Cognition and Motivation

Picower Institute scientists study behaviors and cognitive processes including learning, memory, emotion, reasoning and consciousness. To learn more about these or other areas of inquiry, select them under Research Topics and you'll find relevant Picower people, discoveries and events.

Mark Bear

Picower Professor of Neuroscience
Bear’s lab studies how experience and deprivation modify synaptic connections in the brain. Experience-dependent synaptic plasticity is the physical substrate of memory and sculpts connections during postnatal development to determine the capabilities and limitations of brain functions.

Emery N. Brown

Edward Hood Taplin Professor of Computational Neuroscience and Health Sciences & Technology
Brown lab research contributes to understanding the neuroscience of how anesthetics act in the brain to create the states of general anesthesia. Brown has developed signal processing algorithms to solve important data analysis challenges in neuroscience.

Earl K. Miller

Picower Professor of Neuroscience
Miller’s lab studies the neural mechanisms of attention, learning, and memory needed for voluntary, goal-directed behavior. The lab explores prefrontal function by employing a variety of techniques including multiple-electrode neurophysiology, psychophysics, pharmacological manipulations, and computational techniques.

Susumu Tonegawa

Picower Professor of Biology and Neuroscience
With cutting-edge neuroscience techniques, the Tonegawa lab unravels the molecular, cellular, and neural circuit mechanisms that underlie learning and memory. Studies bridge basic science and disease models to causally dissect how memory works and breaks down.

Li-Huei Tsai

Picower Professor of Neuroscience
The Tsai lab is interested in elucidating the pathogenic mechanisms underlying neurological disorders that impact learning and memory by taking a multidisciplinary approach to investigate the molecular, cellular, and circuit basis of neurodegenerative disorders.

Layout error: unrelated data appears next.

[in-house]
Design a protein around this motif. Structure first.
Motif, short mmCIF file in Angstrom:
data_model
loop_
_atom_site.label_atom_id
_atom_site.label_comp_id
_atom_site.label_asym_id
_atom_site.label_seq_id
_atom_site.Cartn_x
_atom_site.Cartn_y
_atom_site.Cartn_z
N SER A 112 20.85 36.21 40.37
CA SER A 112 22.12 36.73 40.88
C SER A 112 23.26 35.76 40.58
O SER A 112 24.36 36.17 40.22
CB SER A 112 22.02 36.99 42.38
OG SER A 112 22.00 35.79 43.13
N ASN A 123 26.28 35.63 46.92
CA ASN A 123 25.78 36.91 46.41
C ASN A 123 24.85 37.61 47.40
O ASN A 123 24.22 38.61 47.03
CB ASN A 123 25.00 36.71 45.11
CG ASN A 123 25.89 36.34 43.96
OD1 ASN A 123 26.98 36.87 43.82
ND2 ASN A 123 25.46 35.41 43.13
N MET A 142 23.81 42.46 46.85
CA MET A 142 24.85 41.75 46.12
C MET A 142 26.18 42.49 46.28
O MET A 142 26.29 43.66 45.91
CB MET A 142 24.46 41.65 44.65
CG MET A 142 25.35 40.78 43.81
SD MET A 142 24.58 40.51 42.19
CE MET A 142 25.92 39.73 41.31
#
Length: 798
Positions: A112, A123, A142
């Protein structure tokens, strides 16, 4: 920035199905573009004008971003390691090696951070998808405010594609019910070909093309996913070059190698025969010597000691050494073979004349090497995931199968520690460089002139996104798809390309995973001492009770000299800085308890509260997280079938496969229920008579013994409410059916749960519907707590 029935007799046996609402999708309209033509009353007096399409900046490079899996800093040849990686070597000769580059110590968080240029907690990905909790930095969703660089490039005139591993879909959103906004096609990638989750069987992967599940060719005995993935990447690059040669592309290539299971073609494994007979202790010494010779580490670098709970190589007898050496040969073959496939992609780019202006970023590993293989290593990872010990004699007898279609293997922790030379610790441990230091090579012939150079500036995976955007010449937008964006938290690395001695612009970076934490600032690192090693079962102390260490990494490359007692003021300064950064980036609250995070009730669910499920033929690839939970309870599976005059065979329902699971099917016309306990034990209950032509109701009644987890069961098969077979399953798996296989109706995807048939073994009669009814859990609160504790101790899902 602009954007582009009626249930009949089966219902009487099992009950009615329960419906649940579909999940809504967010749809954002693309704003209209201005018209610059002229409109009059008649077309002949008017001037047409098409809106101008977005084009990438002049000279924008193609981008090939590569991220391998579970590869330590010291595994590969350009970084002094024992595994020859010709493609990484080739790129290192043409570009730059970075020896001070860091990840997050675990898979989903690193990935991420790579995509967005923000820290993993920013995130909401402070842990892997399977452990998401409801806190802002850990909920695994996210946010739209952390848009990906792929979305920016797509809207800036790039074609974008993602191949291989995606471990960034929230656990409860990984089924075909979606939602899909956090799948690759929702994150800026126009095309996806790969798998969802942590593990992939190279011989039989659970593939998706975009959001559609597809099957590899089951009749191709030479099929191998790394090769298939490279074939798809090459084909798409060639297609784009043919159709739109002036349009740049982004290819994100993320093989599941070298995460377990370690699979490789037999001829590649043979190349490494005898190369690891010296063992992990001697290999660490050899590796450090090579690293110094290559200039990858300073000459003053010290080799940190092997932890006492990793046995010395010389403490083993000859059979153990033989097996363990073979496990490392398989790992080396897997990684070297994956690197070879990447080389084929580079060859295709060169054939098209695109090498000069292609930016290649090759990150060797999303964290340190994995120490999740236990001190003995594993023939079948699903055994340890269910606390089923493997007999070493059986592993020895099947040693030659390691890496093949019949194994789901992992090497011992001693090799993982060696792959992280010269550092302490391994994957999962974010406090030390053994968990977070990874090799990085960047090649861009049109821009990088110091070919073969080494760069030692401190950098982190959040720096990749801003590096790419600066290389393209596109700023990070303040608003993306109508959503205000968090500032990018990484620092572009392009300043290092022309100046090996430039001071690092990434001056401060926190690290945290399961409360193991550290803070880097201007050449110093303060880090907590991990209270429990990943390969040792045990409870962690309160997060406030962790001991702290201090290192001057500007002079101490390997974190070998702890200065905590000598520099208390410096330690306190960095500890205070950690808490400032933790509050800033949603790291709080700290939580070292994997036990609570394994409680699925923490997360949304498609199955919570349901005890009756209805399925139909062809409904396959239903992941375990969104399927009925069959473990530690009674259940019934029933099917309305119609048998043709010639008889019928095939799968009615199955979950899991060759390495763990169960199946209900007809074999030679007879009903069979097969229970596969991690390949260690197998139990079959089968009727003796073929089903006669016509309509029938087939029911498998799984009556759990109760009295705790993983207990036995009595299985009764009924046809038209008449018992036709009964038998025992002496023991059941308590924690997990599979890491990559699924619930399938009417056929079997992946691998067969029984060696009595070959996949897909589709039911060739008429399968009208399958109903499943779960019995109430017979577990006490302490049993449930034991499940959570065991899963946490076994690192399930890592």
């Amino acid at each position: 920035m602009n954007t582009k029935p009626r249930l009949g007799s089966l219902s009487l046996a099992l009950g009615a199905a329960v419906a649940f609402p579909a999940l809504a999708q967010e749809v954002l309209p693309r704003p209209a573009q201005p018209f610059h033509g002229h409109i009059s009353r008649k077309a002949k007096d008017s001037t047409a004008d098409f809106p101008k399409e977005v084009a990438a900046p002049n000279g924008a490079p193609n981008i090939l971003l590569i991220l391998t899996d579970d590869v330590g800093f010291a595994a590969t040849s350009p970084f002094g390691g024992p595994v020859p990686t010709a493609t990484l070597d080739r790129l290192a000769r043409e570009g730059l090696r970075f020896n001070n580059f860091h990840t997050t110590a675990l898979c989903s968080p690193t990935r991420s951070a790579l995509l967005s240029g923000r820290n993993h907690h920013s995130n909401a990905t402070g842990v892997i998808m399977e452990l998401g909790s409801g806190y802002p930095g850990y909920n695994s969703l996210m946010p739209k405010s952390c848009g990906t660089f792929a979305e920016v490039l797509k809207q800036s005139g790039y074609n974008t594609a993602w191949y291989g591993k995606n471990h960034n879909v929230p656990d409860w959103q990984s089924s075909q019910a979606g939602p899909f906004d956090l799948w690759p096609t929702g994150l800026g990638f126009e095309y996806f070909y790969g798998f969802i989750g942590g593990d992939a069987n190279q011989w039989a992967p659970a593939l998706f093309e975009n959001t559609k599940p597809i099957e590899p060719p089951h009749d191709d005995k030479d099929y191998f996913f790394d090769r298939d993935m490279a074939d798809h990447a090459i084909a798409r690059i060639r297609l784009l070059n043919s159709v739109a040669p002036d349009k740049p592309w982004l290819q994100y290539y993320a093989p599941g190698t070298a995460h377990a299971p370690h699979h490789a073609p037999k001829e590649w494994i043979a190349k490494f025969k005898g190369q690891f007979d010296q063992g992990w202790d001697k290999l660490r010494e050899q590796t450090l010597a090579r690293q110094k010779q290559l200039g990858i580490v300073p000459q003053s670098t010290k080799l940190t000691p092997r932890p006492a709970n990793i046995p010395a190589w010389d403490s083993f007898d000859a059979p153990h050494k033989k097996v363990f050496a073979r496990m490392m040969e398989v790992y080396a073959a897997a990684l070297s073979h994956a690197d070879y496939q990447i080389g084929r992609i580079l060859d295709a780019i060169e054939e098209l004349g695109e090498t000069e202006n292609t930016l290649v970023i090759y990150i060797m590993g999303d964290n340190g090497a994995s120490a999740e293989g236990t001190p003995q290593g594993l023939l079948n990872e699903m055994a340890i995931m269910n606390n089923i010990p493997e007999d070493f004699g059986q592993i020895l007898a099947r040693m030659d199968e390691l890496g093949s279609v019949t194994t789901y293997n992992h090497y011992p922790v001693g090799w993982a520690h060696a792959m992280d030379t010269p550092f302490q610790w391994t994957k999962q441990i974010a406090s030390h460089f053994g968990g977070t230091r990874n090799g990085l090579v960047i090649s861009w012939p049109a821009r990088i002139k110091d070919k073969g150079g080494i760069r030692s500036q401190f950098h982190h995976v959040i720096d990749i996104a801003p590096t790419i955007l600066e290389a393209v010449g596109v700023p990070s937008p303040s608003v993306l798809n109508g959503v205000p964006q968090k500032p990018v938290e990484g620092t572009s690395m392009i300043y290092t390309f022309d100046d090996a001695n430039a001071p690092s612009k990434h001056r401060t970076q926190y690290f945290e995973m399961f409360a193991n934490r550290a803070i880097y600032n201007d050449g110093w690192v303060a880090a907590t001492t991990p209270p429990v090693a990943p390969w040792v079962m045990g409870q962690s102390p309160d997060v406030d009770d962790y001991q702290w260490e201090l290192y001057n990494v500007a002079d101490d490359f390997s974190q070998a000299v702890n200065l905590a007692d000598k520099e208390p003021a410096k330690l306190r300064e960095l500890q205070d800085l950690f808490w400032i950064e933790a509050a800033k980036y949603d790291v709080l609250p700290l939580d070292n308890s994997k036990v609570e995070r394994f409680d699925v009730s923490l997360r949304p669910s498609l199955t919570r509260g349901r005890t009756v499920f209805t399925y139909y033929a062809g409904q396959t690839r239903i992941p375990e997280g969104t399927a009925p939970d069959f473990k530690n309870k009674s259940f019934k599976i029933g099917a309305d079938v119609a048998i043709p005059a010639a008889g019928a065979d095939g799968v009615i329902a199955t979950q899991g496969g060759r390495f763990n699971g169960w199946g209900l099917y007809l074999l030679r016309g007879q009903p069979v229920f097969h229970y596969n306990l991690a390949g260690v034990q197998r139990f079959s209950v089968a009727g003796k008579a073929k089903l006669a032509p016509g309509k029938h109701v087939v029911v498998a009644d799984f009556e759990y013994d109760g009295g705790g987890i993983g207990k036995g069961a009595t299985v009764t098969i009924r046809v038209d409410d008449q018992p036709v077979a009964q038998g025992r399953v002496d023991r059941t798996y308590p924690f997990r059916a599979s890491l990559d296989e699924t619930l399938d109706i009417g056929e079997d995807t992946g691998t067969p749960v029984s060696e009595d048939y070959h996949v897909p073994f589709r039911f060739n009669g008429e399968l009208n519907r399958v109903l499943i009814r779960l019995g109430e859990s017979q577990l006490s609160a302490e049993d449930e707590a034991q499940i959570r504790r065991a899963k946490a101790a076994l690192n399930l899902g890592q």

Kay M. Tye

Associate Professor of Neuroscience
The Tye lab employs an interdisciplinary approach including optogenetics, electrophysiology, pharmacology and imaging techniques to find a mechanistic explanation for how emotional and motivational states can influence learning and behavior, in both health and disease.

Matthew Wilson

Sherman Fairchild Professor in Neurobiology
Research in the Wilson laboratory focuses on the study of information representation across large populations of neurons in the mammalian nervous system, as well as on the mechanisms that underlie formation and maintenance of distributed memories, and the role of sleep in memory.

Weifeng Xu

Assistant Professor of Neuroscience
The goal of the Xu Laboratory is to understand the mechanisms of neural plasticity essential for information processing and storage in the brain and their dysfunction in diseases such as autism, schizophrenia, bipolar disorder and intellectual disability.

Matt Wilson on Intelligence research at MIT

July 12, 2018
Q&A
From the Center for Brains Minds and Machines to the MIT Quest for Intelligence

Brain circuit helps us learn by watching others

May 3, 2018
Research Findings
Scientists pinpoint neural interactions that are necessary for observational learning.

Symposium speaks to the many powers of brain rhythms

April 9, 2018
Events
11 experts convened at Picower April 4

"What made me aware I wanted to study the brain?"

March 18, 2018
Brain Awareness Week 2018
Picower Institute researchers discuss their early inspiration